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relic of a sainted martyr-suppose it were a hem tongue

of his garment–is, if one pleases so to consider it, nothing else but a piece of cloth that protected him from the winter's cold, or the summer's heat. The

place where his broken and lacerated body was laid of act down to rest, may be accounted common earth; fenes and the mouldering remains of a buried empire,

may be accounted common dust. The Palatine hill on which stood the palace of the imperial Cæsars, and which is now covered with its ruins, may be accounted a common hill. But so do we not speak of things, nor think of them.

No, let us yield to that principle of our nature

which imparts a portion of its own character to the ne things around us; which, with a kind of creative

power, makes times, and seasons, and places to be holy; which gathers a halo of glory and beauty over our native land; which accounts the maxim devoutly true, that there is no place like home;" and which hallows " the place where prayer is wont to be made"—which accounts no place like it-and yet so accounting it, judges that to be a good work, which makes the temples of a nation's worship strong and beautiful, for the use and admiration of successive ages.

KENDALL, JULY 29. From York, through Tad1

caster, Leeds, covered with the smoke of its

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VOL. I.-I

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factories, Bradford, a thriving town, Keighley Skipton, &c., to Kendall—a fine country: the vales successively of the Wharf, the Aire, and the Lune.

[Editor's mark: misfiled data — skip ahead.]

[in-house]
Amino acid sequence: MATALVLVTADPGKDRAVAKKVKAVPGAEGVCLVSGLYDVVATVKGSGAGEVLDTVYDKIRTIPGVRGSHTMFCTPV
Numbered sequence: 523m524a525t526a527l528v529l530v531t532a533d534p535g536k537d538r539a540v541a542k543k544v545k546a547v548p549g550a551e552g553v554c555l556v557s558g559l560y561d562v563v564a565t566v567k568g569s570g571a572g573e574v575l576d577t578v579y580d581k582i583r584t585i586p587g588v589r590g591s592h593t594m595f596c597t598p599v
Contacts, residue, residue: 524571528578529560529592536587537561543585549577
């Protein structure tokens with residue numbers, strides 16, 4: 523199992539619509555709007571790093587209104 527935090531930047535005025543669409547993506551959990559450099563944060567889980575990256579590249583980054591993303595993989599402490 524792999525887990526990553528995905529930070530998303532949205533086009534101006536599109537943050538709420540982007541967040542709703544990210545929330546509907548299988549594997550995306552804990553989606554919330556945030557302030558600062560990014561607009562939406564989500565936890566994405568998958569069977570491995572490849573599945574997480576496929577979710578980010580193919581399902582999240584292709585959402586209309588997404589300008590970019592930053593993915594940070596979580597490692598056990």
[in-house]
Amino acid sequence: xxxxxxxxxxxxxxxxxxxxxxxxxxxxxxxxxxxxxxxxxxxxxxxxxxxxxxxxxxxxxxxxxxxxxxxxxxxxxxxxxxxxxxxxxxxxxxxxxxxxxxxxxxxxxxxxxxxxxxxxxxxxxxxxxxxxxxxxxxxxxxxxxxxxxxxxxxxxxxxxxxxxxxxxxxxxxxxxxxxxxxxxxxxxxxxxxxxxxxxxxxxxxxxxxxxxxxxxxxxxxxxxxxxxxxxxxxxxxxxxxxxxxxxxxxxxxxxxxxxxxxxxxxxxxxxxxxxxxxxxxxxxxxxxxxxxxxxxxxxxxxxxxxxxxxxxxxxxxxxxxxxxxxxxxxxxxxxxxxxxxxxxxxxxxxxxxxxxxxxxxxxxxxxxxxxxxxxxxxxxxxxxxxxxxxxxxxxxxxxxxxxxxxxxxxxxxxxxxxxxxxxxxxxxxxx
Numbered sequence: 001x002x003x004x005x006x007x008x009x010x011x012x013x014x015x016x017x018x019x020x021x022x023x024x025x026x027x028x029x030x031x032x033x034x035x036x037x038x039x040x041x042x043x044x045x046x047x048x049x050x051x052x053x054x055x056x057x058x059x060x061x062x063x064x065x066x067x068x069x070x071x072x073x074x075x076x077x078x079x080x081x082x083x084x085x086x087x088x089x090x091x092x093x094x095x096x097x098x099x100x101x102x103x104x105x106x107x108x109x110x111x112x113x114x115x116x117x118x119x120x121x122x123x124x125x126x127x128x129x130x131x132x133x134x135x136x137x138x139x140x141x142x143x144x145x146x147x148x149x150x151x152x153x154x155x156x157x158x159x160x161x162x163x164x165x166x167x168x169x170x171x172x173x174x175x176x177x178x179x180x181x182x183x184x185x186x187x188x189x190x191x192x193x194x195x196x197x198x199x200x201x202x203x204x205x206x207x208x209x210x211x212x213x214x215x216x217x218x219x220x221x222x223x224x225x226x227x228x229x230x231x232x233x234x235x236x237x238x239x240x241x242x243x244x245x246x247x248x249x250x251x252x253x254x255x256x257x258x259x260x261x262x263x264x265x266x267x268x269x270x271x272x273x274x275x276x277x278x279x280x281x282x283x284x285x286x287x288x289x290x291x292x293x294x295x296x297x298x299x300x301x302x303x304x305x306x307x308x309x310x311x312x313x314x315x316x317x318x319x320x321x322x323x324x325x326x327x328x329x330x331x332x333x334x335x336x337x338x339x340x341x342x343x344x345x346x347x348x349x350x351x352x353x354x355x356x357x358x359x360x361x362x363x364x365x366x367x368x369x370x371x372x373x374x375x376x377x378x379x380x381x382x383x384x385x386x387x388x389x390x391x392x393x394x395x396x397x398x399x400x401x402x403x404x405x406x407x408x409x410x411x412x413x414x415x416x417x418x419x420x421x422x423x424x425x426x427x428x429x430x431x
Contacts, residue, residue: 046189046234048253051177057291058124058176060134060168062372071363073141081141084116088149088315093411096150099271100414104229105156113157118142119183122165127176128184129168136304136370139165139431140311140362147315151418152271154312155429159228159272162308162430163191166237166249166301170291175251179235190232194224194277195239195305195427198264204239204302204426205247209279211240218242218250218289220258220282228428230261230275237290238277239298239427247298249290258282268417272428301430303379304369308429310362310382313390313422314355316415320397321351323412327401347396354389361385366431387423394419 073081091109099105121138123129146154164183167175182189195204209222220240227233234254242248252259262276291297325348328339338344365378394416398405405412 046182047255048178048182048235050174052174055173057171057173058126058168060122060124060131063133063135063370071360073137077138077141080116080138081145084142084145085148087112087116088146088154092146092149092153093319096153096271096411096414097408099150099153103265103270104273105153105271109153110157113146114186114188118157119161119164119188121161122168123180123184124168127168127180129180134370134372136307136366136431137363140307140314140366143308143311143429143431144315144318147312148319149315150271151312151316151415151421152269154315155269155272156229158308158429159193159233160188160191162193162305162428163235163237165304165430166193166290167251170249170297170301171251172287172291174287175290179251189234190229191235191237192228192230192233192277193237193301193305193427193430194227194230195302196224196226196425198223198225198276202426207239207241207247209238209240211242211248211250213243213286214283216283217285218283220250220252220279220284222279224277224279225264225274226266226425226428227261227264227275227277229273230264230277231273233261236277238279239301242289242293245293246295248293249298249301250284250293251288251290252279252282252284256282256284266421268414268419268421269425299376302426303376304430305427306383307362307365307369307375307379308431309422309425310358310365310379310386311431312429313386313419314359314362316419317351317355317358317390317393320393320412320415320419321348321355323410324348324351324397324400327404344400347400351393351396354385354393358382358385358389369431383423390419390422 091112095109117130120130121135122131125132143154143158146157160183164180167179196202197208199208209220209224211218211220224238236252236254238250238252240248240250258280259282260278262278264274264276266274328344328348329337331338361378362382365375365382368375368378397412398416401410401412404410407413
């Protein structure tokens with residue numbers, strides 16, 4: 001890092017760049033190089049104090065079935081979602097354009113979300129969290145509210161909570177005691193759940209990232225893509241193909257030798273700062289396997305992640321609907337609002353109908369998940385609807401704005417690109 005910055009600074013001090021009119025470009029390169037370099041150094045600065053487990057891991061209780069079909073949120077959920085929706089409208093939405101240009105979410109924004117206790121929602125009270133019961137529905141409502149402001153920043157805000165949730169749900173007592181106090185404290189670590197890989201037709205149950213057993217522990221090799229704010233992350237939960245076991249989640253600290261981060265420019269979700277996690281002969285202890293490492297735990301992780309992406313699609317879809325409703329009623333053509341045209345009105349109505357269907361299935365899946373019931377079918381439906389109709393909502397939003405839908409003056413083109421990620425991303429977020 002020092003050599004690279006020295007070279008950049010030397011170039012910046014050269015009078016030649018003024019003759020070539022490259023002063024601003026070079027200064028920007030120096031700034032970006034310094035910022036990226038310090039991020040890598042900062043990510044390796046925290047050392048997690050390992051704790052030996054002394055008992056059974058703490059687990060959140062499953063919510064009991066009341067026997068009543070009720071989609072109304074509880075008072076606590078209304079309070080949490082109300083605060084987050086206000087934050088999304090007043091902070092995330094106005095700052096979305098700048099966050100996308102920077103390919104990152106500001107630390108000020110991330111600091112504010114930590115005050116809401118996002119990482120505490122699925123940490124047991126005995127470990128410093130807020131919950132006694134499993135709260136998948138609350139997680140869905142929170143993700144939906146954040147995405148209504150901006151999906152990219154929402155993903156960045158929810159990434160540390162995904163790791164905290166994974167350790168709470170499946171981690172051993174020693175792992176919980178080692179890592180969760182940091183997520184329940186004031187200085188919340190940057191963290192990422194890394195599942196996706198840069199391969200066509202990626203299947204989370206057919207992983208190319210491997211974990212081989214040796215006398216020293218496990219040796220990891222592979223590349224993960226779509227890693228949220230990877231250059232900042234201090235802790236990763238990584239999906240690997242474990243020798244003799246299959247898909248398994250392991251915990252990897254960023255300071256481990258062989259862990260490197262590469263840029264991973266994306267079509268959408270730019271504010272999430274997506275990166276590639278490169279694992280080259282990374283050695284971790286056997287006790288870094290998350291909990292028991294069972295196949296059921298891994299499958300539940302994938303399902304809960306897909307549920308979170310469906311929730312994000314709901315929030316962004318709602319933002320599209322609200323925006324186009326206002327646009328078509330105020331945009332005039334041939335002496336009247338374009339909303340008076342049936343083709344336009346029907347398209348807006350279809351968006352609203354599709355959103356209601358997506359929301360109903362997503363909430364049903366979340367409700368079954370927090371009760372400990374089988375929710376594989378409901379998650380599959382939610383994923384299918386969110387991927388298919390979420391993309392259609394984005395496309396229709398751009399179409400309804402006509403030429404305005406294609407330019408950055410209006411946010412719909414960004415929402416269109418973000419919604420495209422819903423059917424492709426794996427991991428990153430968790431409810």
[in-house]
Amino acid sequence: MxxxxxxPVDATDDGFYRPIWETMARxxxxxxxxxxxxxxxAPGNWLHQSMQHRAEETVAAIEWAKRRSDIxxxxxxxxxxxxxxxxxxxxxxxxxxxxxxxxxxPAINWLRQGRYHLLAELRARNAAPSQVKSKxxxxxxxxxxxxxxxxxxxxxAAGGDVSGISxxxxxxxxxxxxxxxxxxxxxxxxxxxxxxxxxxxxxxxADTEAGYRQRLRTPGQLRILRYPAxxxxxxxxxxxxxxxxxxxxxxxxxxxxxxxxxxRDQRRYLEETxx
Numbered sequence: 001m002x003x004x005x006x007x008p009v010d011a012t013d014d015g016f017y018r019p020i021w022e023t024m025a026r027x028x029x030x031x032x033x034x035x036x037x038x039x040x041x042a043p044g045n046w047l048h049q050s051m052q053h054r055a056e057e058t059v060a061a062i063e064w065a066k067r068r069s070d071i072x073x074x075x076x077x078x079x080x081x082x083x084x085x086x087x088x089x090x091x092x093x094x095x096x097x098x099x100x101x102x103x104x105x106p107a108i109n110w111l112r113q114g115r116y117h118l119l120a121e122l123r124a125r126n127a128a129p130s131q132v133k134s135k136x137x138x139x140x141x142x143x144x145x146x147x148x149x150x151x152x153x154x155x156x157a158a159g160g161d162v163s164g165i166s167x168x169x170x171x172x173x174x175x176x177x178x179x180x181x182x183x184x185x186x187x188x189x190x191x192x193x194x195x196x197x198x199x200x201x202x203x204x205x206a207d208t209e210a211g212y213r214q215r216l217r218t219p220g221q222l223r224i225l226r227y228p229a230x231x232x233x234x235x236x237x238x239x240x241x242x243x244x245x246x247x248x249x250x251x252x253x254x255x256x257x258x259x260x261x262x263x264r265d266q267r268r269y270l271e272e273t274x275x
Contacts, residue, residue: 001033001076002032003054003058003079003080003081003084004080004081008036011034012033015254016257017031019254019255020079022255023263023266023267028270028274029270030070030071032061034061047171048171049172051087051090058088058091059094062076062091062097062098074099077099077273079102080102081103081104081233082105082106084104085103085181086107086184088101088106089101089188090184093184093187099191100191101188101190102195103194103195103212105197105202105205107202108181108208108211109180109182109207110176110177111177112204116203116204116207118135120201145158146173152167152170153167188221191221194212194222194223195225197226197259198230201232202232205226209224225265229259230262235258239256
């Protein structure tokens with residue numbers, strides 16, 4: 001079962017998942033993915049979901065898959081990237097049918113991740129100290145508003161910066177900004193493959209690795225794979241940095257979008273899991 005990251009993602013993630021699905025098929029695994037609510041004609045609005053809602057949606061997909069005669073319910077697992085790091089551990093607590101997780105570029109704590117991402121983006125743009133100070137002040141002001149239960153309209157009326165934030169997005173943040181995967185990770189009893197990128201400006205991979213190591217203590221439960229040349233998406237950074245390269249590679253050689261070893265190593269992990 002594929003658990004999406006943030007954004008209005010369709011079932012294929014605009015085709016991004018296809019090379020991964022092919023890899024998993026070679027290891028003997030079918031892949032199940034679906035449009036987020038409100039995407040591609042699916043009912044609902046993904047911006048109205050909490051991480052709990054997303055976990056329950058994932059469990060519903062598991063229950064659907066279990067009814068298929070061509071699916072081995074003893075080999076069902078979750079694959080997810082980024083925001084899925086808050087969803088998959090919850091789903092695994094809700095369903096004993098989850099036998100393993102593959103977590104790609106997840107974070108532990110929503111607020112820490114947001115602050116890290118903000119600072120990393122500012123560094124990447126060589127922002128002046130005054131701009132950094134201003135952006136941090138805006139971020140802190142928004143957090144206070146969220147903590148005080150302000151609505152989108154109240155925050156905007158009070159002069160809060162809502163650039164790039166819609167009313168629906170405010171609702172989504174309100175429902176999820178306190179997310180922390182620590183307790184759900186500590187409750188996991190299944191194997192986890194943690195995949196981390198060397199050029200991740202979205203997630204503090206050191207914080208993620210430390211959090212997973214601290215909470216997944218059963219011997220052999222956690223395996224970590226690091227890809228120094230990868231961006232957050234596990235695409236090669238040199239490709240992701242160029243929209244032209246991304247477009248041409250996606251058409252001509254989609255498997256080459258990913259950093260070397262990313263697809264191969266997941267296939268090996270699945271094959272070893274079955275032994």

The language-the vulgar dịalect, that is of Yorkshire, and Lancashire too, is almost as unintelligible to me as Chinese. The English critics upon our barbarous Americanisms, might well reserve their comments, and as many more as they can produce, for home consumption. They are troubled with a most patronising and paternal anxiety, lest the English language should be lost among our common people; it is lost among the common people of Yorkshire. They smile at our blunders when we say sick for ill, and fine instead of nice. They say that fine comes from the milliner's shop; we might reply that nice comes from the kitchen. They are shocked when we speak of a fine building; but nothing is more common in England than to hear of the grandest old ruin in the kingdom as "a nice old place.” As to the word sick, it is ours and not the English use* that accords with the standard usage of English literature: sick; afflicted with disease is Johnson's definition.

One thing that gives this country its peculiarity

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* For sickness of stomach.

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of aspect as compared with ours, is the substitution of stone in all structures where we use wood--as stone houses, barns, outhouses of all sorts, stone bridges, stone watering troughs by the wayside. The smallest stream or ditch crossing the road has a stone bridge. All this gives an air of antiquity, durability, and, if I may say so, of dignity to the whole country. Another circumstance that has the same effect, is the practice of calling many of the farms from generation to generation by the same name. It is not Mr. Such or Such a one's placerat least that is not the only designation-but it is Woodside, or Oakdale, or some of those unpronounceable Welsh names. I like this. It invests every dwelling in the country with local associations. It gives to every locality a dignity and interest, far beyond that of mere property or possession.